The deputy leader of al Qaeda in the Arabian Peninsula and one of the most wanted men in Saudi Arabia has been killed, a prominent jihadist announced Tuesday, though officials in the group's home base of Yemen said they had no evidence of his death.
Abu Sufyan al-Azdi, also known as Saeed al-Shahri, died "after a long journey in fighting the Zio-Crusader campaign," jihadist Abdulla bin Muhammad said on his Twitter account. The tweet was reported by SITE Intelligence Group, which monitors global terrorism.
It was not clear how al-Azdi died. SITE said media reports indicated he died of injuries incurred in a December drone strike.
The Arabic news network Al-Arabiya reported al-Azdi's death, citing his relatives.
Three senior Yemeni Defense Ministry officials told CNN the country has no evidence proving his death.
"We have no evidence to prove his death and our government continues to hunt down the leaderships of the terror network," one of the officials told CNN on condition of anonymity because he is not authorized to talk to media.
He said more than 80 suspected al Qaeda militants have been killed since early December but that al-Azdi is still out there.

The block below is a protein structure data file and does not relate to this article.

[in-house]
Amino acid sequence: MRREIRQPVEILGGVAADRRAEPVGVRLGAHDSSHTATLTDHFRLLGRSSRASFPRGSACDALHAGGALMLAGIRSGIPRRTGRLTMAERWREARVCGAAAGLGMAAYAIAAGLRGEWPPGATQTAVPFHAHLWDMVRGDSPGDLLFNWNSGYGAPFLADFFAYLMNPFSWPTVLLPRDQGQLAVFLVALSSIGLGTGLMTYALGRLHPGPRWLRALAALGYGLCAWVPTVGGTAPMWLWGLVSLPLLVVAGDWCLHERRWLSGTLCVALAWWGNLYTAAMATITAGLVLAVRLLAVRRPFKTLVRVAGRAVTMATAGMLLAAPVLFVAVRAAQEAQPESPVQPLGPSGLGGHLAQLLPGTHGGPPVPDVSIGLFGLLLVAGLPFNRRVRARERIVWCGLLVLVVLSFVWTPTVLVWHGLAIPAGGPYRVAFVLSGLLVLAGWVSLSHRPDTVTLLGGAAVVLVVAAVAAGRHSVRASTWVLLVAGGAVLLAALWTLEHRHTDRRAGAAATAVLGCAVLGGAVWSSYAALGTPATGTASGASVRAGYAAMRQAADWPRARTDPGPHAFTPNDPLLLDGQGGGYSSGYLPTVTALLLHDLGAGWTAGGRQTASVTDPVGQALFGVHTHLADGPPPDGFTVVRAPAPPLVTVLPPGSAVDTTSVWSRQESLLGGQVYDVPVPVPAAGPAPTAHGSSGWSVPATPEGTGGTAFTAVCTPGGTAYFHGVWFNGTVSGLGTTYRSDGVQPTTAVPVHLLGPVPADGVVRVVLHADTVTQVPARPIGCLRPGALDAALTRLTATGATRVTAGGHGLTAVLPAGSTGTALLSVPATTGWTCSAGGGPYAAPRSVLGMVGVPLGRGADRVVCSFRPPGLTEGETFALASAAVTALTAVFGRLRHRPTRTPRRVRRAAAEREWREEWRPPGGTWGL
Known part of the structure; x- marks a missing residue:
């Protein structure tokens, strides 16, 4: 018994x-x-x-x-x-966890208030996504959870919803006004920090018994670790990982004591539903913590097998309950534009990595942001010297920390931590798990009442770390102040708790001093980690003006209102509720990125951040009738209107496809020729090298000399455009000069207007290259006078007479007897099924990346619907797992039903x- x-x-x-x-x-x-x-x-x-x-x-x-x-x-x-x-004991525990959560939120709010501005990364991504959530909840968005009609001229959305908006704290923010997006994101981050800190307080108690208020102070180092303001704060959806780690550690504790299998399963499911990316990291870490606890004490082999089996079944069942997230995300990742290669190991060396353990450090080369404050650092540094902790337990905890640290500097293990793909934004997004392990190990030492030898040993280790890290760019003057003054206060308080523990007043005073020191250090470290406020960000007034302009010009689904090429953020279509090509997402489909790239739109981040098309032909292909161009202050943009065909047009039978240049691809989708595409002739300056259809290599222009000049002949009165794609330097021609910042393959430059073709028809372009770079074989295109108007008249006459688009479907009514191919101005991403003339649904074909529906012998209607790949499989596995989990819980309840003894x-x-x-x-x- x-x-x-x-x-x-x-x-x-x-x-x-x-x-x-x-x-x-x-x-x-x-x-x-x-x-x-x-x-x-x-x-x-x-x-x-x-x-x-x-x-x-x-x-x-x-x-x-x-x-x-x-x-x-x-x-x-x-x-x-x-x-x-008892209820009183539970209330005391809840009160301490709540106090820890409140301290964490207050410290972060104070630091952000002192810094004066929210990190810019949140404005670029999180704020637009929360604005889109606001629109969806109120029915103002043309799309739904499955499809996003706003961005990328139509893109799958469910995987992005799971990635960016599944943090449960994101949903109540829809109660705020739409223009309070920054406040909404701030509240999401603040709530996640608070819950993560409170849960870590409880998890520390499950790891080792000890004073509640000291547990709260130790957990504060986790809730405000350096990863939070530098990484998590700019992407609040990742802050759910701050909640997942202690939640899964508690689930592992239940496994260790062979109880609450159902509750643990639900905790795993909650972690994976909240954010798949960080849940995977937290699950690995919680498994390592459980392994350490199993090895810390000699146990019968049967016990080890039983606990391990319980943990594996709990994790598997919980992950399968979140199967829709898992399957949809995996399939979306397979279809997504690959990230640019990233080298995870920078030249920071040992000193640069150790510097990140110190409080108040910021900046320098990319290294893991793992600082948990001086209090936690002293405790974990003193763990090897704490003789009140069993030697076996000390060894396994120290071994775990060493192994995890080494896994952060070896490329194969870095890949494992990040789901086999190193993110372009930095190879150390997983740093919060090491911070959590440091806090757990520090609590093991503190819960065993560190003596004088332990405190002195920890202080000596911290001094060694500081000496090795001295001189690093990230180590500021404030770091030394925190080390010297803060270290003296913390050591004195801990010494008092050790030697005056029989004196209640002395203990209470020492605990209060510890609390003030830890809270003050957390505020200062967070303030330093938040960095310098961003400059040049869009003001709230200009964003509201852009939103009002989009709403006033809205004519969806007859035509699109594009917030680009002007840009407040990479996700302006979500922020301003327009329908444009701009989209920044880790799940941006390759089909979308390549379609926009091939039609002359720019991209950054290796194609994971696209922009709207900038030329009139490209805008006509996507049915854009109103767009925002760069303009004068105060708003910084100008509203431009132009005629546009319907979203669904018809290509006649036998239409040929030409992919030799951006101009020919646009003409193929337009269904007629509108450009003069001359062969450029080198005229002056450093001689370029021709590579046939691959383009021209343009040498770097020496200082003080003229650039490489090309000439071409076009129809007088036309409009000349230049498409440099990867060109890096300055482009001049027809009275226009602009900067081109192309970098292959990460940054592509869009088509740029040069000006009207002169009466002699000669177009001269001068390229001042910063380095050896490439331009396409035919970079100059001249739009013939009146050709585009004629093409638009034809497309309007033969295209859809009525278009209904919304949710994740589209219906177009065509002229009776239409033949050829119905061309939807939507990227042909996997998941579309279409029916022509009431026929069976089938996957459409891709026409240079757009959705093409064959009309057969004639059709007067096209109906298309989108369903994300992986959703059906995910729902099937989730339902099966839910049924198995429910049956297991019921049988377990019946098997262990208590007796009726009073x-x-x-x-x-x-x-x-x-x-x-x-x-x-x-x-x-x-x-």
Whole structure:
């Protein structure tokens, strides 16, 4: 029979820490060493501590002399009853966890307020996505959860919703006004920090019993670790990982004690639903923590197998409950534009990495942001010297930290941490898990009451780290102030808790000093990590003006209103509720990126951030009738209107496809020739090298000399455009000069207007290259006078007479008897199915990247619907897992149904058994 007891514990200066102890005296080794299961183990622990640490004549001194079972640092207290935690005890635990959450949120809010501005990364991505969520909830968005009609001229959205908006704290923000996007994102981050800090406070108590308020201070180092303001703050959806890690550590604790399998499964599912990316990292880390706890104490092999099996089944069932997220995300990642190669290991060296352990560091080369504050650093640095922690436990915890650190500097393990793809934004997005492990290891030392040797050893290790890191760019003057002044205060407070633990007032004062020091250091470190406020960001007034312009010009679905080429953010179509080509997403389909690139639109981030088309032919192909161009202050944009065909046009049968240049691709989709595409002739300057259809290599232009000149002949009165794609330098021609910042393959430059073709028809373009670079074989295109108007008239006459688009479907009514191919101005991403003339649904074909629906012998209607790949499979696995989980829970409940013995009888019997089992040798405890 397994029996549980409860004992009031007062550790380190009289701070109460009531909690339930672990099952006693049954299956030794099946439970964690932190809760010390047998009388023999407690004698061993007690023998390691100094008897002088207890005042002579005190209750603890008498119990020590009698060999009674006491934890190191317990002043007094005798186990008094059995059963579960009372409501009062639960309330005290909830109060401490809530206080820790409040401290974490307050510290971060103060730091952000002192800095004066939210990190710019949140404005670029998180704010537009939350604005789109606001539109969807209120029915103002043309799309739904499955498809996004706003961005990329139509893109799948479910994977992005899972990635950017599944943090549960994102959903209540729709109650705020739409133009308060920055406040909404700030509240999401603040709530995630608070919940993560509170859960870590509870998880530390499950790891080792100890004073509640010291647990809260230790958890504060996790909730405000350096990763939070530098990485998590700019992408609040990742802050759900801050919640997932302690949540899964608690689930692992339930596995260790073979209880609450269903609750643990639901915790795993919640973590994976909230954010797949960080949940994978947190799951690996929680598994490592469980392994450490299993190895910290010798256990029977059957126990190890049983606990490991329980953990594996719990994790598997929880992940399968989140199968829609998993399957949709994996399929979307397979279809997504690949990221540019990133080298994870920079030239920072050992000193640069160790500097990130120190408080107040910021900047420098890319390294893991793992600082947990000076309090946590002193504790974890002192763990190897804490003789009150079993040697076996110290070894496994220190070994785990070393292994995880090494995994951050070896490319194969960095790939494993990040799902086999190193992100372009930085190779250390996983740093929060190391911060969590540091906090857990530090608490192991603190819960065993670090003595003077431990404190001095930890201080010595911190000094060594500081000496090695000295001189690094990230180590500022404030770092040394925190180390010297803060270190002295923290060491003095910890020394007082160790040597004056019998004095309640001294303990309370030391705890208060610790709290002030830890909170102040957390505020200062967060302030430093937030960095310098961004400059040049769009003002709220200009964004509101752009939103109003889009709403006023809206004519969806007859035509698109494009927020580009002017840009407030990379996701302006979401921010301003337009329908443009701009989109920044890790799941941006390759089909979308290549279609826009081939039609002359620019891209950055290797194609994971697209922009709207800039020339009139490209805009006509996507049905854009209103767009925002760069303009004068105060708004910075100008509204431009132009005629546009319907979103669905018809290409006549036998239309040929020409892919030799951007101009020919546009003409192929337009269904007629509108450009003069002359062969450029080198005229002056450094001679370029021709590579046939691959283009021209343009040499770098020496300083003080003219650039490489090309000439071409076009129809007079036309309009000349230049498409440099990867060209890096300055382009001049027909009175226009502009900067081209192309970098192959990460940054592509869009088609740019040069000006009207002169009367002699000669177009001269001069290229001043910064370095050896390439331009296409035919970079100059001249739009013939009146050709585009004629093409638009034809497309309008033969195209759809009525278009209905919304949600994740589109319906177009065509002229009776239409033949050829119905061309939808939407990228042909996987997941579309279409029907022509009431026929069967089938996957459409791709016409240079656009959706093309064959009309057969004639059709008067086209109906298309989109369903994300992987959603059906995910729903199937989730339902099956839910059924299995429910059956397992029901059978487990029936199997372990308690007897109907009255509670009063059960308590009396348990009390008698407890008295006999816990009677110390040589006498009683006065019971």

Al-Azdi has been reported dead in the past, the latest incident being in September when Yemen claimed he was killed in an air raid. An audio message released the next month supposedly featured al-Azdi saying he was still alive.
Al-Azdi spent six years in the U.S. military prison at Guantanamo Bay before being released in 2007. A Saudi national, he escaped Saudi Arabia to Yemen in 2008.
U.S. drone activity increased in 2012 targeting senior leaders of AQAP. Monday, a U.S.-led drone strike in Marib, an oil-rich province of Yemen east of the capital, targeted a vehicle carrying alleged al Qaeda operatives. The strike killed two militants, identified by the defense ministry as Ali Saleh Toaiman and Qassim Nasser Toaiman, and wounded five others.
Saturday, two U.S drone strikes killed eight people in Marib and another province, al-Baitha.
Yemeni President Abdu Rabu Mansour Hadi announced in October that Yemen would step up its military operations with the United States against al Qaeda operatives. In response, al Qaeda carried out a number of attacks on military and security commanders, personnel, patrols and installations, killing more than 60 people, according to Yemen's Interior Ministry.
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